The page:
The author of All Joy and No Fun: The Paradox of Modern Parenthood does a great job of capturing the contrast between the drudgery of raising children (childcare seems to rank lower than even housecleaning as a non-enjoyable activity) and the great joy of having children and seeing them grow into independent adults. But I found the book to be rather weak otherwise. For one thing, the author seems to have chosen parents for the many vignettes throughout the book who are quite extreme. There is a mother of three (including a toddler) who somehow thinks she is going to raise them full-time while running a business from her home. Who could possibly achieve this feat? There is another who, although exhausted, will not, absolutely not, allow her children to cry during the night without getting up, against the opinion of her husband. And that brings up my other beef: why are the fathers portrayed in the book so calm and efficient (and involved!) and the mothers such airheads? Surely there are a few mothers out there who are smart enough to hire a babysitter, who expect their children to sleep through the night, and yet are having no fun trying to survive it all.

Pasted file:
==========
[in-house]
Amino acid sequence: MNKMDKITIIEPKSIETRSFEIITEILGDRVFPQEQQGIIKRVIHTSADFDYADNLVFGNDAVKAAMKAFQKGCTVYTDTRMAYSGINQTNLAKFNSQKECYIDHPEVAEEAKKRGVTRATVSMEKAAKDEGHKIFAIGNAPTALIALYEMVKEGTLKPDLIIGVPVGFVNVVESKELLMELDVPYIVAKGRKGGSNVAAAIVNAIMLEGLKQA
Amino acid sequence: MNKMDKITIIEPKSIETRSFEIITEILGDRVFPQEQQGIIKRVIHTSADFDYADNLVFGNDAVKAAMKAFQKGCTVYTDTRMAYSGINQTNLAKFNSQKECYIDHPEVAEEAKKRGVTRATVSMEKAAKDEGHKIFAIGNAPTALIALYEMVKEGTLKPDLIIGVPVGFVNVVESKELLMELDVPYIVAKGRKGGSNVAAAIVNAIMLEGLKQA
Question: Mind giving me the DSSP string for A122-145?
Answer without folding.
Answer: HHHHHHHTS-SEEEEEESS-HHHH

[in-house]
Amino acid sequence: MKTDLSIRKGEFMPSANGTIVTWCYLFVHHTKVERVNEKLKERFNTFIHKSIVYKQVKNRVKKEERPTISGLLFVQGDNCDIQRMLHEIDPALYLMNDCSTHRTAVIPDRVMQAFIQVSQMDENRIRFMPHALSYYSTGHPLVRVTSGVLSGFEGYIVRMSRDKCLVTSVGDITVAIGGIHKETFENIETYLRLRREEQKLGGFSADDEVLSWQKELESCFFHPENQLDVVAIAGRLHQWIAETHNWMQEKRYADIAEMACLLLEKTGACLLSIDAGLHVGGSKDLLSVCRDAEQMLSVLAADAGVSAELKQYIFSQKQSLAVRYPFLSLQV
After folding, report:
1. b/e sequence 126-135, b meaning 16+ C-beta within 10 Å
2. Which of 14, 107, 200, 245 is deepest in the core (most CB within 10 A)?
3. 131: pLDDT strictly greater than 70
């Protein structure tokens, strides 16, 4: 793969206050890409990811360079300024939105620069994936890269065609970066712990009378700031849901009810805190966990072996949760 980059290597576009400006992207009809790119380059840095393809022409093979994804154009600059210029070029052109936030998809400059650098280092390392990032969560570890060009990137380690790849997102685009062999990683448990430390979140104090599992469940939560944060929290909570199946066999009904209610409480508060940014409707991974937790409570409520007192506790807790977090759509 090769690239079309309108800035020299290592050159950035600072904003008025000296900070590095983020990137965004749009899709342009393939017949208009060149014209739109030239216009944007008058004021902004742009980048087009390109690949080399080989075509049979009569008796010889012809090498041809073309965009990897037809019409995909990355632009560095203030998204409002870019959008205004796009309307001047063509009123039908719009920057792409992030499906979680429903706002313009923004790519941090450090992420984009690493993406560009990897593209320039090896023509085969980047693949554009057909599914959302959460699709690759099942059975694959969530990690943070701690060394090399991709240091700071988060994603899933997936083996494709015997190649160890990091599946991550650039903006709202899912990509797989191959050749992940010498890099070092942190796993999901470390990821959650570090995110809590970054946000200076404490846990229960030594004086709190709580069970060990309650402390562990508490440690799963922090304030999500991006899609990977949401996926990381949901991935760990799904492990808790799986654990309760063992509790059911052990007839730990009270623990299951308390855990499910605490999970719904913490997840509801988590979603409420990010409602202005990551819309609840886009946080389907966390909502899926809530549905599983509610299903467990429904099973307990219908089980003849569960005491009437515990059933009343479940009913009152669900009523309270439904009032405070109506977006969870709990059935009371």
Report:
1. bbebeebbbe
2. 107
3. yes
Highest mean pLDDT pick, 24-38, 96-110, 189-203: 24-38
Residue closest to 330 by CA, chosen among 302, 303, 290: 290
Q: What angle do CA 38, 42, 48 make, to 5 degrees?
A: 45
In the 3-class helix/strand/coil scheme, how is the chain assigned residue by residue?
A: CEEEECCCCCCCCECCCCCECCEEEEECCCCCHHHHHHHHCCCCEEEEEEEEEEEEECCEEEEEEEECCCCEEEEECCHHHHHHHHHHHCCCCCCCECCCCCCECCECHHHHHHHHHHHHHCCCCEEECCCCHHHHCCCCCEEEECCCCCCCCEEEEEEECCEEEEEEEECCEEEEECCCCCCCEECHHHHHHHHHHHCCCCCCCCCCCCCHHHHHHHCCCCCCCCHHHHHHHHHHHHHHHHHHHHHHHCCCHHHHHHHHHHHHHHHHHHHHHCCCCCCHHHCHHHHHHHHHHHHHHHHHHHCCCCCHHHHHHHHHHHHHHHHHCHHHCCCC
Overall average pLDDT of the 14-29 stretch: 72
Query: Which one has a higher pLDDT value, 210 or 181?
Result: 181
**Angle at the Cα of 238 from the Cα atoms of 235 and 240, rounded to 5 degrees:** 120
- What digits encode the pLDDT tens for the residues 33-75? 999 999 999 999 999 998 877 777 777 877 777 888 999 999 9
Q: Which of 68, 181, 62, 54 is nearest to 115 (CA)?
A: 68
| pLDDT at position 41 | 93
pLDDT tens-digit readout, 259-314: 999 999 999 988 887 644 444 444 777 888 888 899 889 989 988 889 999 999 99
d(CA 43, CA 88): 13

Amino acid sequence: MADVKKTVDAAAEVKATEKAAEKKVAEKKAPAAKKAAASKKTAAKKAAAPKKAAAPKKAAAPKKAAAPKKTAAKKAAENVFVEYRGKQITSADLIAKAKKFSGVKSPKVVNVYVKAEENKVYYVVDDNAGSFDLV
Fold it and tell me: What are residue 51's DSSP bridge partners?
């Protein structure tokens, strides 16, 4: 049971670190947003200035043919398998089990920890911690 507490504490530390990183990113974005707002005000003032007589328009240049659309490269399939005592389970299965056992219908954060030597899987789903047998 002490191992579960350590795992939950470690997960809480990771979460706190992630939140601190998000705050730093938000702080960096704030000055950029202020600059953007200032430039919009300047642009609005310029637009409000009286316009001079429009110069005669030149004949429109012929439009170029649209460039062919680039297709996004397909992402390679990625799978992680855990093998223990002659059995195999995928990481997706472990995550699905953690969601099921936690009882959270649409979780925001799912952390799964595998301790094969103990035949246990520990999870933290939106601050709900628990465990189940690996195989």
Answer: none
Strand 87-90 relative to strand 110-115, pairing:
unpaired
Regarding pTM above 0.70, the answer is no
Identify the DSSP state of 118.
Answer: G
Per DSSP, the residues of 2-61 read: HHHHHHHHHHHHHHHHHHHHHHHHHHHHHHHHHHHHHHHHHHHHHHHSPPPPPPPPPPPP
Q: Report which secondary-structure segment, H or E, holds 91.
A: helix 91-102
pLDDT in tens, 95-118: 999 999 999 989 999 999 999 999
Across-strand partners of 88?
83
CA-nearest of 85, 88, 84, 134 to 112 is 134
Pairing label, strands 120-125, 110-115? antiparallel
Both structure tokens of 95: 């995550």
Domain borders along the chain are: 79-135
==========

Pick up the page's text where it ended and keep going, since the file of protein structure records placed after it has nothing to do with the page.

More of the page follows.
And where are the practical recommendations at a societal level? Where are the public nursery schools? The arrangements for emergency childcare for sick kids? The schools that don’t shut down at 3pm? It may be true that parents should be less protective of their children but we can’t really abandon them entirely!